This book is called, in the Vulgate Latin and Syriac versions, “the Prophecy of Habakkuk”. Of this prophet, Aben Ezra and Kimchi say, we know neither his age nor his family; which shows they paid no regard to a tradition of their nation, mentioned by some of their ancient writers (a), that he was the son of the Shunammite, whom Elisha raised from the dead; and find the etymology of his name in the words of the prophet to her, “about this season, according to the time of life, thou shalt embrace a son”, 2Ki 4:16 where the root of his name is used; and they account for the doubling of the last radical in his name, because of the two embraces of him, one by his mother, and the other by the prophet. His name indeed signifies “an embrace” (b); or, as some, “an embracer” (c); and the last letter being doubled, it is with others interpreted “the best embracer” (d); to which name his character and conduct agree; who, in the most tender manner, embraced the people of God, as parents their children, and comforted them with the assurance of their preservation, notwithstanding their captivity, and with the promise of the Messiah’s coming; suggesting to them they should live by faith, to which he led them the way by his own example, Hab 1:12, Hab 2:3 but as this is placing him too early, to put him in the times of Elisha; so it is fixing him too late, to make him to be in the times of Daniel, and to feed him in the den of the lions, as Joseph ben Gorion (e), and the author of the apocryphal book of Bel and the Dragon, say he did, which was after the Babylonish captivity was ended; whereas it is certain this prophet prophesied of it, and must have lived some time before it; for he speaks of the Chaldeans by name coming against the Jews, and carrying them captive, Hab 1:6. The learned Huetius (f), and others, think there were two prophets of this name; one of the tribe of Simeon, who lived before the captivity; and another of the tribe of Levi, who lived after it. The Jewish chronologers (g) generally place this our prophet in the times of Manasseh; with which well enough agrees the description of the times the prophet lived in, given in Hab 1:2 though some think he lived in the latter times of Josiah (h), or the beginning of Jehoiakim (i); and it is probable he was a contemporary of the Prophet Jeremiah, with whom he agrees in many things, and prophesied of the same. However, there is no room to doubt of the authority of this book, being always received by the Jewish church, and agreeing with other parts of Scripture, and especially with the prophecies of Jeremiah; and may be further confirmed and established by the quotations out of it in the New Testament, as Hab 1:5 in Act 13:41 and Hab 2:4 in Rom 1:17. The general design of the prophecy is to comfort the people of God under the afflictions that were coming upon them, and to encourage them to the exercise of faith and patience, in the hope and view of the coming of the Messiah. Pseudo Epiphanius (k) says that Habakkuk died two years before the people of the Jews returned from Babylon, and was honourably buried in his own native place, which he says was Bethsocher, in the tribe of Simeon. With whom Isidore (l) agrees, as to the time of his death; but the place of his birth, he says, was Bethacat; and of his death, Sabarta. Sozomen (m) reports, that, in the days of Theodosius, the grave of Habakkuk was found in Cele, formerly the city Ceila. So Eusebius says it was shown at Kela, eight miles from Eleutheropolis; though, in another place, he says it was to be seen at Gabbatha, twelve miles from the same place; which may be reconciled, by observing that it might be between them both, and be seen from each, since they were places near to each other (n). But the Cippi Hebraici (o) say it was at a place called Jakuk in Galilee, not far from Sephetta, where was an academy of the Jews; and this seems to agree with what Sanderson, a countryman of ours, as quoted by Van Till (p), observes; that in his journey from Damascus to Jerusalem, between Sephet and Chapherchittin, he found a village, in which, the Jews report, Habakkuk the prophet dwelt and died, the name of which is Jeakoke. But these things are not to be depended on.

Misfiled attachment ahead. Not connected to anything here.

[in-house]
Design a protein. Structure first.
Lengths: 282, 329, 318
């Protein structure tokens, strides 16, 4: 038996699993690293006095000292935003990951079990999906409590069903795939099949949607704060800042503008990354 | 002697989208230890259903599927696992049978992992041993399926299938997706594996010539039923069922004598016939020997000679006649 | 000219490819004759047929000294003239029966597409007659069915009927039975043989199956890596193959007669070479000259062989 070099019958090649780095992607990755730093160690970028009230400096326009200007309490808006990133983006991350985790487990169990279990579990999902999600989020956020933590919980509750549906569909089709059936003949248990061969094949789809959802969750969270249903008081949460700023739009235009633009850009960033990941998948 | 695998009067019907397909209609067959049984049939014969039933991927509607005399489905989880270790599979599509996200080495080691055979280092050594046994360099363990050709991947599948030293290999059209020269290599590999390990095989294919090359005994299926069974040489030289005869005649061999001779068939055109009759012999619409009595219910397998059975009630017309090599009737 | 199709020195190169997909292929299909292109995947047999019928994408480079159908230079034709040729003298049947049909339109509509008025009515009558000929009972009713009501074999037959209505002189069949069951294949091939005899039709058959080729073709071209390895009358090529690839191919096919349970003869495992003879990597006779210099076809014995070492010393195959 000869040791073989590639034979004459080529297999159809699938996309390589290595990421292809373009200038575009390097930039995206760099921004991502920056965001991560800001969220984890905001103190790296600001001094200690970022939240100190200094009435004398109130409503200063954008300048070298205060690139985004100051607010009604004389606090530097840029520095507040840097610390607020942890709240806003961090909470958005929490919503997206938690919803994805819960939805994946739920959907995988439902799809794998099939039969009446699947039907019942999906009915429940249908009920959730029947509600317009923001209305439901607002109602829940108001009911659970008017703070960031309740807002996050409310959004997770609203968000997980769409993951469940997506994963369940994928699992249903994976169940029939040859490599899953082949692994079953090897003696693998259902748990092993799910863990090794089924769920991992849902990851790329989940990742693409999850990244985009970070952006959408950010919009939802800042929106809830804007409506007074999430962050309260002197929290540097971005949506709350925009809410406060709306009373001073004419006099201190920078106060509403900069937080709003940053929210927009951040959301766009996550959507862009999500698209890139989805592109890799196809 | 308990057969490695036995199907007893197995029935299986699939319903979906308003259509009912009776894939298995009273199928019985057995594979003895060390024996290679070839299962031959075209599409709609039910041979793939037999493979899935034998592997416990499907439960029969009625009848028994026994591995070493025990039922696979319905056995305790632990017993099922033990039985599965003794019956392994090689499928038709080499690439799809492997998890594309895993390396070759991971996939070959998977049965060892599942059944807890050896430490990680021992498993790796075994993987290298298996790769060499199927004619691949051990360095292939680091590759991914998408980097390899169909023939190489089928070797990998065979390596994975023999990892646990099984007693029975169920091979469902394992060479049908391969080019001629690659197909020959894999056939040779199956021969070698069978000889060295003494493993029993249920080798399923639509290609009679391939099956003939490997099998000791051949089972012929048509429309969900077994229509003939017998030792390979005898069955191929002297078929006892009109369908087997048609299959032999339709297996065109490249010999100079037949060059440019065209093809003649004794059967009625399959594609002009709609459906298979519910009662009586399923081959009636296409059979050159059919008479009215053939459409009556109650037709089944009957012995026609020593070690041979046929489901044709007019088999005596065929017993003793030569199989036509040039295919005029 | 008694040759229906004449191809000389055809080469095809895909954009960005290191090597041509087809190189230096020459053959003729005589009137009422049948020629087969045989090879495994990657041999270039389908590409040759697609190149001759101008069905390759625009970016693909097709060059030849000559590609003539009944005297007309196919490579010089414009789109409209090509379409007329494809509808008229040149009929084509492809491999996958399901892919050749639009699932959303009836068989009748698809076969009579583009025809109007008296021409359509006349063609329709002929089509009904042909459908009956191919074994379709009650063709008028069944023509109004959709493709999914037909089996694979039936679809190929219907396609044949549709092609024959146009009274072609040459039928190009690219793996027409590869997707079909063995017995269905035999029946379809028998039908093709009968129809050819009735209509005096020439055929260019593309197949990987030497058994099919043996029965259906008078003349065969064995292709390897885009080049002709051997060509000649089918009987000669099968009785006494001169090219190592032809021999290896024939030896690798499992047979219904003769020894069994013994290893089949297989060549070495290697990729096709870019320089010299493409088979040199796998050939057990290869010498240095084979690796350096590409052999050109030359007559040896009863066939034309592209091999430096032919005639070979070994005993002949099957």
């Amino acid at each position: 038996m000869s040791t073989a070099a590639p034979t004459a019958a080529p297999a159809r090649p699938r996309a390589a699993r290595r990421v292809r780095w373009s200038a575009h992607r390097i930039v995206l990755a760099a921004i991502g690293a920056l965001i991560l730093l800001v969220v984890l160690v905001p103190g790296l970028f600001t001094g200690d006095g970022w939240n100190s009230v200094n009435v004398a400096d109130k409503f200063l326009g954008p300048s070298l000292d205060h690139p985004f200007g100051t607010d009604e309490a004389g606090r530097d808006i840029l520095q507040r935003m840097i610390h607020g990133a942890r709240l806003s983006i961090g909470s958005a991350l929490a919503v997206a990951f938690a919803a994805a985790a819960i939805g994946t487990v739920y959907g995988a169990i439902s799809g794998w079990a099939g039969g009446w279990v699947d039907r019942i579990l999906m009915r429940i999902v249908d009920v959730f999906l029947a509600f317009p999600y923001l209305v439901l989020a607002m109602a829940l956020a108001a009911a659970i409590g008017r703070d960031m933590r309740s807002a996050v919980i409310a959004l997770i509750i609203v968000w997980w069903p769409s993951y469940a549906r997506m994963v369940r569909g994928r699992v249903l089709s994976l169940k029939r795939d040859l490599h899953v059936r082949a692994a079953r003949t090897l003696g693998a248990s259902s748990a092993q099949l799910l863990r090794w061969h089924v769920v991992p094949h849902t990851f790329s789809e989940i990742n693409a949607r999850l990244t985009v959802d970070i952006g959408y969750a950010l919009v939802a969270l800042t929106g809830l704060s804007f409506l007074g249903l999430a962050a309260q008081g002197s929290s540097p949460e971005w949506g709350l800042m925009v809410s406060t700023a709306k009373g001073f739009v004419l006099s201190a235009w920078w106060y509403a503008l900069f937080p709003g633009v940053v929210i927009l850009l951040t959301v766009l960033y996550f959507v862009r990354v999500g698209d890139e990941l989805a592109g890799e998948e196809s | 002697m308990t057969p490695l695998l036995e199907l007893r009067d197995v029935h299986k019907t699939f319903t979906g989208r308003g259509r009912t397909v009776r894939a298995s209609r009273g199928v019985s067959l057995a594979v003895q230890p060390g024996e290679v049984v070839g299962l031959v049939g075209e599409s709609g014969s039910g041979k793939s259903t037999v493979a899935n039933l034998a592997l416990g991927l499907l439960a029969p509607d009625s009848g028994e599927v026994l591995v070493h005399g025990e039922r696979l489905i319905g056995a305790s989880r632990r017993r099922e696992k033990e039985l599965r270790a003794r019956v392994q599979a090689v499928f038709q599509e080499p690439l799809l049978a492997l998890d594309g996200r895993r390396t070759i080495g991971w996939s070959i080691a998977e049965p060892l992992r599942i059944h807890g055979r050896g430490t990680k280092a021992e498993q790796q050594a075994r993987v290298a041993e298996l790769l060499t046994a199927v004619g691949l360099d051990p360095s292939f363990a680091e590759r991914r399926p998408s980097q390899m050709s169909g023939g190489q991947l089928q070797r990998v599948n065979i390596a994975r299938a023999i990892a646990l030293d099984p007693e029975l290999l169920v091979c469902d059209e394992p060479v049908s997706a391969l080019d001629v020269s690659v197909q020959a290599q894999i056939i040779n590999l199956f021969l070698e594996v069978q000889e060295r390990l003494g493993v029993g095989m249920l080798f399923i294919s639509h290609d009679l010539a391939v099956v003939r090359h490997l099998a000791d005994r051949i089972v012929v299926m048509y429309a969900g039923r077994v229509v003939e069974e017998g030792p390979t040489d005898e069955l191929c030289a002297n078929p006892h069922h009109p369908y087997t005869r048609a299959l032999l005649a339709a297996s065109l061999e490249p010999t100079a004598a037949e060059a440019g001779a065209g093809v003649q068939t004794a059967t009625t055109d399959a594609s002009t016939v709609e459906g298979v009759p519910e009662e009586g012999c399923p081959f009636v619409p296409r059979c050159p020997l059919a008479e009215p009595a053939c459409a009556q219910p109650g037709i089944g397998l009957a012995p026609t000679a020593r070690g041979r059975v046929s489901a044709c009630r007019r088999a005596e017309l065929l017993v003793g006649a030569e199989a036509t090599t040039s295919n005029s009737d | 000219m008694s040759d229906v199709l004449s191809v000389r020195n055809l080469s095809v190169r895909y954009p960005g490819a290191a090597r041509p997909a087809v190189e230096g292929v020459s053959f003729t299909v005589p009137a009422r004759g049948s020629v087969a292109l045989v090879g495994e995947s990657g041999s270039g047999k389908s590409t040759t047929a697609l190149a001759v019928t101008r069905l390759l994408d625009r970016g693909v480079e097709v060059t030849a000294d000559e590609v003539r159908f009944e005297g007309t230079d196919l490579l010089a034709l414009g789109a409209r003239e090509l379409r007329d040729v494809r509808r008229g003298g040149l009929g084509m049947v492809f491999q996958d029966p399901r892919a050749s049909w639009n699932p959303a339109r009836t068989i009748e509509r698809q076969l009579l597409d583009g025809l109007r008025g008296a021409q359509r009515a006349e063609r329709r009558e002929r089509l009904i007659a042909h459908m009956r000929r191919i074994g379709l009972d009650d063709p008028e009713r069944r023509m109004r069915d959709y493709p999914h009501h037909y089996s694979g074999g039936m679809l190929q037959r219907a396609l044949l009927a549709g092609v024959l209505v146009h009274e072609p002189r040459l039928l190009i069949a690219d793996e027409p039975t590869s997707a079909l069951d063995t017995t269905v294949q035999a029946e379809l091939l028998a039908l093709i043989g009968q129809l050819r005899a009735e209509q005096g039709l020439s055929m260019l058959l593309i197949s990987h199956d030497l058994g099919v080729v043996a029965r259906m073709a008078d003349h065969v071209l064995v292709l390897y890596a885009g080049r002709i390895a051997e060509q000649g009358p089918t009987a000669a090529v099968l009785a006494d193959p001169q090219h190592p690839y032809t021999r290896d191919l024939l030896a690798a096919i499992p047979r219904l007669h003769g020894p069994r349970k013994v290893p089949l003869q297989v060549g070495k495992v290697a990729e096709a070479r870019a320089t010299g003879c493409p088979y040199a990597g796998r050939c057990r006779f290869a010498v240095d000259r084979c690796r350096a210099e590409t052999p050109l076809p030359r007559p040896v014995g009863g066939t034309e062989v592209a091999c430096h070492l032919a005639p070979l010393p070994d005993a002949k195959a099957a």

(a) Zohar in Gen. fol. 6. 3. Vid. Shalshelet Hakabala, fol. 12. 2. (b) qwqbx “amplexus”, Hillerus; “amplexatio”, Hieronymus. (c) “Amplexans”, ibid. (d) “Optimus amplexator”, Tarnovius. (e) Hist. Heb. l. 1. c. 11. p. 35, 36. (f) Demonstr. Evangel. Prop. 4. p. 284, 301. (g) Seder Olam Rabba, p. 55. Seder Olam Zuta, p. 105. Tzemach David, fol. 15. 1. Juchasin, fol. 12. 2. (h) Bedford’s Scripture Chronology, p. 674. (i) Usher. Annales Vet. Test. A. M. 3395. (k) De Prophet. Vit. & Interit. c. 18. (l) De Vit. & Mort. Sanct. c. 47. (m) Hist. Ecclesiast. l. 7. c. 29. (n) Vid. Reland. Palestina Illustrata, tom. 2. p. 772. (o) P. 63. Ed. Hottinger. (p) Habakkuk Illustratus, p. 214.